FRAN Yeah, I think that’s true, but there’s also the other point to where I just sort of really worry that, you know, you’re going to raise the debt ceiling yet again, yet again. Where does it stop? Sooner or later, America is going to have to start balancing, and that is going to suck demand out of the economy and the world, and they can’t ad infinitum keep rolling it up. It’s just a nonsense.

RAYMOND And there has been this crisis in the past that happened under the Clinton administration. The Treasury Secretary may be unaware of that. And there are three more years to run in this Obama administration, so it could happen again. And it’s not just ideological. I agree that it is, but it’s deeply personal. I mean, it’s a deeply personal opposition to Barak Obama. It threatens to actually immobilise-

SUSAN Well, it’s racism. Let’s use the word. There’s a big chunk of race in it.

RAYMOND Well, there must be an element of that.

SUSAN There’s got to be an element in it.

RAYMOND It immobilises the whole governmental system, and, in a sense, it holds the whole world to ransom, not just the Republican Party.

ANNETTE 800,000 workers are now being held to ransom because now they don’t have any guarantee of an income.

SUSAN That’s right.

ANNETTE You know, it’s not right.

SUSAN Quick comment from both of you. Fran, I’ll get you on this first on 2.5 per cent growth on NZ. Gabriel Makhlouf was talking about the jobs starting to come through. When do you think we’re going to actually start to feel better off?

FRAN Well, I think we are feeling better off. But, you know, I think it was the point that was being made, you know, many times by Bill English. It’s grumpy growth. We’re not going to have the booms that we had and the great exuberance and all the rest when we were just rocketing along and living on our credit cards. That’s how it was really fuelled, our booms in the past. It was consumption-led. Yes, you’re right, it hasn’t filtered out, and what’s happening in Christchurch is fairly self-contained. If anything, it’s going too slow, because the government isn’t moving fast enough in Christchurch. All sorts of approvals are held up for getting some of these major projects underway, and often it seems like the statements coming out of there are more sort of geared toward keeping the ego of the Minister for Canterbury puffed up rather than actually putting the pressure on to get absolute action there. And that is a problem. It should be moving faster.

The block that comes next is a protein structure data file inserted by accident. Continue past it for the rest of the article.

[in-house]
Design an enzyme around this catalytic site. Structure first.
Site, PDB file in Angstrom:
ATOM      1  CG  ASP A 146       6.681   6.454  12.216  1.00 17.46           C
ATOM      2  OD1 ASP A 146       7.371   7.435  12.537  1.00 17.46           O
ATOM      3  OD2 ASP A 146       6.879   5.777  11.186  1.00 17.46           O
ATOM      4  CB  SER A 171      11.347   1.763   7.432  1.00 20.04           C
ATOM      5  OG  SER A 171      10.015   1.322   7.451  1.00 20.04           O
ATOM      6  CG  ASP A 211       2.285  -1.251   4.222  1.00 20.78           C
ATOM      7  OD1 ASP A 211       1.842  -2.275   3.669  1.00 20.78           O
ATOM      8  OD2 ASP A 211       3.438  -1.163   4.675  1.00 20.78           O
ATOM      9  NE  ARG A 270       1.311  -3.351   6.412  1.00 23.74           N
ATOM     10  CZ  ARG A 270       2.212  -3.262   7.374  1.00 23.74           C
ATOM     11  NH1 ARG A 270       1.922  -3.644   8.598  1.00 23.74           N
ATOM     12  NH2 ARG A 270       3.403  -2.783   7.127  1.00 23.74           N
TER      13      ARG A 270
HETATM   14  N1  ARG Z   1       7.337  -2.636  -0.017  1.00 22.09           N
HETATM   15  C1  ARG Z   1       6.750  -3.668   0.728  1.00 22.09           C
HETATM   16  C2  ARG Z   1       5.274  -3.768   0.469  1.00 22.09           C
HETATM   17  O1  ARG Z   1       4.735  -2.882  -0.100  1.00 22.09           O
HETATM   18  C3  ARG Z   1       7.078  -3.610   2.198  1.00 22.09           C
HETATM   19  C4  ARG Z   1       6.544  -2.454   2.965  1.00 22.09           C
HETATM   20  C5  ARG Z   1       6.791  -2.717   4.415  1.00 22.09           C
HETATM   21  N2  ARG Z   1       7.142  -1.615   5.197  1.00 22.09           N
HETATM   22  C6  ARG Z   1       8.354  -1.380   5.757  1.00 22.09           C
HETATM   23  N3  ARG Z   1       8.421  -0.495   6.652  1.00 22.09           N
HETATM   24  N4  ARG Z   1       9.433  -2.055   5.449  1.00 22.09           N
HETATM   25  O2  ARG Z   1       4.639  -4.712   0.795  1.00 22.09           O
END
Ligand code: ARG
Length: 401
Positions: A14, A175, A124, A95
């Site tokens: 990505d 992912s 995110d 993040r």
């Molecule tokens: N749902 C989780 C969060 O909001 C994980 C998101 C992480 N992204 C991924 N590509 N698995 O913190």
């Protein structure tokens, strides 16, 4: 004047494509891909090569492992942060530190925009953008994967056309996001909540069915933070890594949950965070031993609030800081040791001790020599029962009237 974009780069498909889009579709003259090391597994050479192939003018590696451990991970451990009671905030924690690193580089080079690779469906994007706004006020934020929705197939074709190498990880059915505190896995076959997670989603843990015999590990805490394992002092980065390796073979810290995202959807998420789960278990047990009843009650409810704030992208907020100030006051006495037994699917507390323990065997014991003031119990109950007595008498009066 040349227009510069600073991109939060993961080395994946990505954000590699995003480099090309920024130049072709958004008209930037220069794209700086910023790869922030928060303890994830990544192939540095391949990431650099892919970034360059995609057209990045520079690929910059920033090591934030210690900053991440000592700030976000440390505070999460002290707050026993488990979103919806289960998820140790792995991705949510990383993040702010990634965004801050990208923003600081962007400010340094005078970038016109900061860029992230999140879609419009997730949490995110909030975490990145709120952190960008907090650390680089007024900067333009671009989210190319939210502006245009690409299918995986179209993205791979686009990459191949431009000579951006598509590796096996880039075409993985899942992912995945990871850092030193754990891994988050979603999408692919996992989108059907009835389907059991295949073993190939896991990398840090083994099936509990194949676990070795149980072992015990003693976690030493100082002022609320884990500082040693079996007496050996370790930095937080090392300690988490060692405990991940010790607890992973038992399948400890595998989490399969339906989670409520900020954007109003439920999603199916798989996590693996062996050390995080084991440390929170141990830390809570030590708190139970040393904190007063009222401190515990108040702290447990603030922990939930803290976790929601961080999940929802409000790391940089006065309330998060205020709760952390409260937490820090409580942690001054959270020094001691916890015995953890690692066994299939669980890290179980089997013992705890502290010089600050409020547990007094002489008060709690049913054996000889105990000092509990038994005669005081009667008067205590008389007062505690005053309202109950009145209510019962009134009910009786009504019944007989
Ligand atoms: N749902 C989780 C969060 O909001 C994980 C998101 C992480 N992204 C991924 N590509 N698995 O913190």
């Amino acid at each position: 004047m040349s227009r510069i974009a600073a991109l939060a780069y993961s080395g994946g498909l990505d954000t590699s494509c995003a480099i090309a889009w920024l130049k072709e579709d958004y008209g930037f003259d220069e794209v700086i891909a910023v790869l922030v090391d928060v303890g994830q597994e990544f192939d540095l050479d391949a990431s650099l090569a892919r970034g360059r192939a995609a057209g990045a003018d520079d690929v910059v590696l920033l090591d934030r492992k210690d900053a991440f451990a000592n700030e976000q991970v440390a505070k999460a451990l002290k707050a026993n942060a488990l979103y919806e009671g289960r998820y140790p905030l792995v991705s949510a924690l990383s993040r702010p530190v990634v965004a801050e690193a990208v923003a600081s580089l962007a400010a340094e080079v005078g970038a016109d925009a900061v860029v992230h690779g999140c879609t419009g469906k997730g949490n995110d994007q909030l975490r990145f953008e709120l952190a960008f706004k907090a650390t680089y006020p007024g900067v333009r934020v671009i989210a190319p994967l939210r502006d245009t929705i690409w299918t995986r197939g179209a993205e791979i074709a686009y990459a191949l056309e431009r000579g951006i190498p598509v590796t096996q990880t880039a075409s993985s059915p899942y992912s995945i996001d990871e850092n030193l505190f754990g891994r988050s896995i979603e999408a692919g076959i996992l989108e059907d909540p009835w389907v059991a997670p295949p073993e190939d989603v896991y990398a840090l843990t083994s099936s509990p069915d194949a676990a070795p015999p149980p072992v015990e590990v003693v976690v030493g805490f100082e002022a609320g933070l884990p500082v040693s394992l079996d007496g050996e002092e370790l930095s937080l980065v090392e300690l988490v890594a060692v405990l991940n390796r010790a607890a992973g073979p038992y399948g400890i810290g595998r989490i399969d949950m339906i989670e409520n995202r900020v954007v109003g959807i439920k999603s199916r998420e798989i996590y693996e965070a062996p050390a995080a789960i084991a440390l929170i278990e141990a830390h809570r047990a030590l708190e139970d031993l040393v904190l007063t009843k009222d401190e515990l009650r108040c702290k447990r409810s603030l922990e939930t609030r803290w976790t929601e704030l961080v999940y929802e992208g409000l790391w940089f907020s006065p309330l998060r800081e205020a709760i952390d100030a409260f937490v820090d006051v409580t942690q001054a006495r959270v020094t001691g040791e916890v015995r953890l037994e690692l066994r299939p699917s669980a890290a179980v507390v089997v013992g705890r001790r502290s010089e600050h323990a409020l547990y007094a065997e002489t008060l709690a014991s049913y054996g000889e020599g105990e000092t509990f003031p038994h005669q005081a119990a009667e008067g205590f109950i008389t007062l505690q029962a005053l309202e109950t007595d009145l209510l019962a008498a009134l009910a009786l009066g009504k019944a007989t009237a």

SUSAN Annette, comment on when do you think it will start to filter though? Big push at the moment, of course, about living wages and raising the minimum wage. I don’t know how people do it on those, actually.

ANNETTE There needs to be more tax of the rich. It’s really simple. The structural inequity that’s occurring right now. I mean, 98 shops have closed in Rotorua. 1000 people are leaving on airplanes to go to Australia. There is no trickle down happening in the economies that are heartland NZ. So that needs to be confronted in any plan forward, and it’s not enough to say that we’re not going to have big booms. But, frankly, we’ve got to have something that gives regions confidence that workers are valued, that families are valued and that they can live fairly.

FRAN I think you’re making a really good point there. But if you look at places like Auckland where it’s too expensive almost for workers to actually live, why aren’t our businesses thinking about relocating more of their operations to the provinces where the cost of living is cheaper?

SUSAN We could talk about this all day, because it is such a big issue in NZ. Sorry, panel, I do have to leave it there.

ENDS